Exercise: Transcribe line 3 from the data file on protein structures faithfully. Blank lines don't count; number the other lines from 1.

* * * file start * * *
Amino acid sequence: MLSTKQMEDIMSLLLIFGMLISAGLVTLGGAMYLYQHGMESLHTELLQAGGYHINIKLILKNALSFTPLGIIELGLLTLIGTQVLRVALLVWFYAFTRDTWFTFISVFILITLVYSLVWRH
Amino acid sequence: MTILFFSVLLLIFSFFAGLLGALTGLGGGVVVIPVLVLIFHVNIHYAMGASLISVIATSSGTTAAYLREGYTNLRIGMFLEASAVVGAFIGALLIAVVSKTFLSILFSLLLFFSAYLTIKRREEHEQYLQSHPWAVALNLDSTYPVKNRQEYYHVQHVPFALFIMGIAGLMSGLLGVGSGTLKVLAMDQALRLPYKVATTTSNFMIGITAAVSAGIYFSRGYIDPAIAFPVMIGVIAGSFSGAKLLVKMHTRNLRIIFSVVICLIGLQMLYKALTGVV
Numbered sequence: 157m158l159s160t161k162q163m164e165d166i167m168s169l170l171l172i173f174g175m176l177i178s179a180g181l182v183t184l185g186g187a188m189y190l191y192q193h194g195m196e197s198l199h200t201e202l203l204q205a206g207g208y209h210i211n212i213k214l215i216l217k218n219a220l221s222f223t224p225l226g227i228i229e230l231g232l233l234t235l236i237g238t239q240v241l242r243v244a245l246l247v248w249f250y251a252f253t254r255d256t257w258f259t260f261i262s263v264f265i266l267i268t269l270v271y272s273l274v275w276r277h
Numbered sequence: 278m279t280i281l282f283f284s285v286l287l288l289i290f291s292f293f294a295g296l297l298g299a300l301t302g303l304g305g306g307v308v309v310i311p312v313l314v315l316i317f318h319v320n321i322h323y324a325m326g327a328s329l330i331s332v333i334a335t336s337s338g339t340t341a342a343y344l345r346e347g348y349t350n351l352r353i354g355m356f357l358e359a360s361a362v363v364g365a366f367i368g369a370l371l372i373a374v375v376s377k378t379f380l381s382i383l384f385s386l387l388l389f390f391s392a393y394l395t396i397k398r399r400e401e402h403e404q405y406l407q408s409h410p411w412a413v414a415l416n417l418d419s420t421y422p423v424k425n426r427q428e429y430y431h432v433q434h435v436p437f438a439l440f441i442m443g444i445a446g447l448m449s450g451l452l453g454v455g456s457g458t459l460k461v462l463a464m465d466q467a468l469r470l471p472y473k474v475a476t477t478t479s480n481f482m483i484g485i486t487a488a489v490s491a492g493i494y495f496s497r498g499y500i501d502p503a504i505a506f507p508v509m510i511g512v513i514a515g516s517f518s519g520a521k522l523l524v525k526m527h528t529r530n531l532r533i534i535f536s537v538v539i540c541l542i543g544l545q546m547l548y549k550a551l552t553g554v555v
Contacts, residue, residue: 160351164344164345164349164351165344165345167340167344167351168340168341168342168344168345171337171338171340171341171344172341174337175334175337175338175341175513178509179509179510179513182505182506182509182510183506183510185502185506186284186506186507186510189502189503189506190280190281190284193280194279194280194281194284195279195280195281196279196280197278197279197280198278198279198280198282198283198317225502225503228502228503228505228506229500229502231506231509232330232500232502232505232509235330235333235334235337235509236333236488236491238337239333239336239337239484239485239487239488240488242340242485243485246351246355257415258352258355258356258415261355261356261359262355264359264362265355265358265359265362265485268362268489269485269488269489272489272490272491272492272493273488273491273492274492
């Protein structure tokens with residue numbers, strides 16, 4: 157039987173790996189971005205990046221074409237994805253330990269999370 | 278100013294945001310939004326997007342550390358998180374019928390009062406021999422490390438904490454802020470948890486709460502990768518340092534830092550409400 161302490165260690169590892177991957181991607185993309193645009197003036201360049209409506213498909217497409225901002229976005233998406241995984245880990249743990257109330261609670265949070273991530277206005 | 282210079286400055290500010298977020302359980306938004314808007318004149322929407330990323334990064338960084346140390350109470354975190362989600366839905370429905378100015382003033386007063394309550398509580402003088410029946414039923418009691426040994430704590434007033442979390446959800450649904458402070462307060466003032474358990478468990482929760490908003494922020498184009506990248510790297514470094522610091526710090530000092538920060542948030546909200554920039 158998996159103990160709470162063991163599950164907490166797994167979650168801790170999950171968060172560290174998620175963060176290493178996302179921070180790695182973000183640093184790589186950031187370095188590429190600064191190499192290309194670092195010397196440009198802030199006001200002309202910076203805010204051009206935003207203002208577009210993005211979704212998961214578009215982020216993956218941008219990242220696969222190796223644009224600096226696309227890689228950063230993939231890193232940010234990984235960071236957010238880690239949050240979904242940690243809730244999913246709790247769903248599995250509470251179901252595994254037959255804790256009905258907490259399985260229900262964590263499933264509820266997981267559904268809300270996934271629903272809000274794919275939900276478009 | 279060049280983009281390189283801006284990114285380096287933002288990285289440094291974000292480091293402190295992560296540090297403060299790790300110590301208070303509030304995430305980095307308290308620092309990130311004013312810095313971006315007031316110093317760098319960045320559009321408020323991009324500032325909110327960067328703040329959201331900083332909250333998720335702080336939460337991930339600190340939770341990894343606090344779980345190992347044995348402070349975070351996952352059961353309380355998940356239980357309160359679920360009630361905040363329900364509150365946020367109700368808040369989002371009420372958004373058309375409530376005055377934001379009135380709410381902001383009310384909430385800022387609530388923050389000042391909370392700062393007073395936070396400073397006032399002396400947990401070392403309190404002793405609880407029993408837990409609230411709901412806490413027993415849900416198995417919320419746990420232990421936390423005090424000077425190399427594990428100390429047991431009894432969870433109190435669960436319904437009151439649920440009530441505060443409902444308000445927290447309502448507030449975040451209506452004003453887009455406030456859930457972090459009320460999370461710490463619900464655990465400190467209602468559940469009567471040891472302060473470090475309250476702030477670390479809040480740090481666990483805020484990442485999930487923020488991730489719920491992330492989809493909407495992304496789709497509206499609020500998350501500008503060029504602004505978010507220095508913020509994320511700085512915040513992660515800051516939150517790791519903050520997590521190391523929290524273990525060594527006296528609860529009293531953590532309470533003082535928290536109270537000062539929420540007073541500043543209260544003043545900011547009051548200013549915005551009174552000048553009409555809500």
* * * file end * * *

Numbered sequence: 157m158l159s160t161k162q163m164e165d166i167m168s169l170l171l172i173f174g175m176l177i178s179a180g181l182v183t184l185g186g187a188m189y190l191y192q193h194g195m196e197s198l199h200t201e202l203l204q205a206g207g208y209h210i211n212i213k214l215i216l217k218n219a220l221s222f223t224p225l226g227i228i229e230l231g232l233l234t235l236i237g238t239q240v241l242r243v244a245l246l247v248w249f250y251a252f253t254r255d256t257w258f259t260f261i262s263v264f265i266l267i268t269l270v271y272s273l274v275w276r277h